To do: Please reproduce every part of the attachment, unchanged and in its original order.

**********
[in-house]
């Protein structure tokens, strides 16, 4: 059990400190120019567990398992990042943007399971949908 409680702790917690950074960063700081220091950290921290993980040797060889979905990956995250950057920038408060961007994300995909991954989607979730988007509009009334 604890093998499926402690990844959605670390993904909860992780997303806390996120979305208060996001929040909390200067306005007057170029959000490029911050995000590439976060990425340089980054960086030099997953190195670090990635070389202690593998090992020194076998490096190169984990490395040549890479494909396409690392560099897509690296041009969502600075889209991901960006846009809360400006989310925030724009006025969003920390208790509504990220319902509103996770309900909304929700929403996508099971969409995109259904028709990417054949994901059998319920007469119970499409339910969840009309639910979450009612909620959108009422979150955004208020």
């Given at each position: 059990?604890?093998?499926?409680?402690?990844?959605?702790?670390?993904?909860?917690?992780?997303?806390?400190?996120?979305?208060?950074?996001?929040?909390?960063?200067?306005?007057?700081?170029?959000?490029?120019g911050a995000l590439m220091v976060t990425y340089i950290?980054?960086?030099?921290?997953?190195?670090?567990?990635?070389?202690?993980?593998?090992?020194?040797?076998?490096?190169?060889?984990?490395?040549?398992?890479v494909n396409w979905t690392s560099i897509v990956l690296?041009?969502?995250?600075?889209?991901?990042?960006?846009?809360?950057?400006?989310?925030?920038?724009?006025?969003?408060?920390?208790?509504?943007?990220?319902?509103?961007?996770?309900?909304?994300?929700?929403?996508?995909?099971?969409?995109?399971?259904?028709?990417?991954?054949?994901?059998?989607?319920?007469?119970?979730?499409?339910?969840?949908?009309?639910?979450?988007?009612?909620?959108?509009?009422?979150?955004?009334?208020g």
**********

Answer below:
[in-house]
């Protein structure tokens, strides 16, 4: 059990400190120019567990398992990042943007399971949908 409680702790917690950074960063700081220091950290921290993980040797060889979905990956995250950057920038408060961007994300995909991954989607979730988007509009009334 604890093998499926402690990844959605670390993904909860992780997303806390996120979305208060996001929040909390200067306005007057170029959000490029911050995000590439976060990425340089980054960086030099997953190195670090990635070389202690593998090992020194076998490096190169984990490395040549890479494909396409690392560099897509690296041009969502600075889209991901960006846009809360400006989310925030724009006025969003920390208790509504990220319902509103996770309900909304929700929403996508099971969409995109259904028709990417054949994901059998319920007469119970499409339910969840009309639910979450009612909620959108009422979150955004208020």
């Given at each position: 059990?604890?093998?499926?409680?402690?990844?959605?702790?670390?993904?909860?917690?992780?997303?806390?400190?996120?979305?208060?950074?996001?929040?909390?960063?200067?306005?007057?700081?170029?959000?490029?120019g911050a995000l590439m220091v976060t990425y340089i950290?980054?960086?030099?921290?997953?190195?670090?567990?990635?070389?202690?993980?593998?090992?020194?040797?076998?490096?190169?060889?984990?490395?040549?398992?890479v494909n396409w979905t690392s560099i897509v990956l690296?041009?969502?995250?600075?889209?991901?990042?960006?846009?809360?950057?400006?989310?925030?920038?724009?006025?969003?408060?920390?208790?509504?943007?990220?319902?509103?961007?996770?309900?909304?994300?929700?929403?996508?995909?099971?969409?995109?399971?259904?028709?990417?991954?054949?994901?059998?989607?319920?007469?119970?979730?499409?339910?969840?949908?009309?639910?979450?988007?009612?909620?959108?509009?009422?979150?955004?009334?208020g």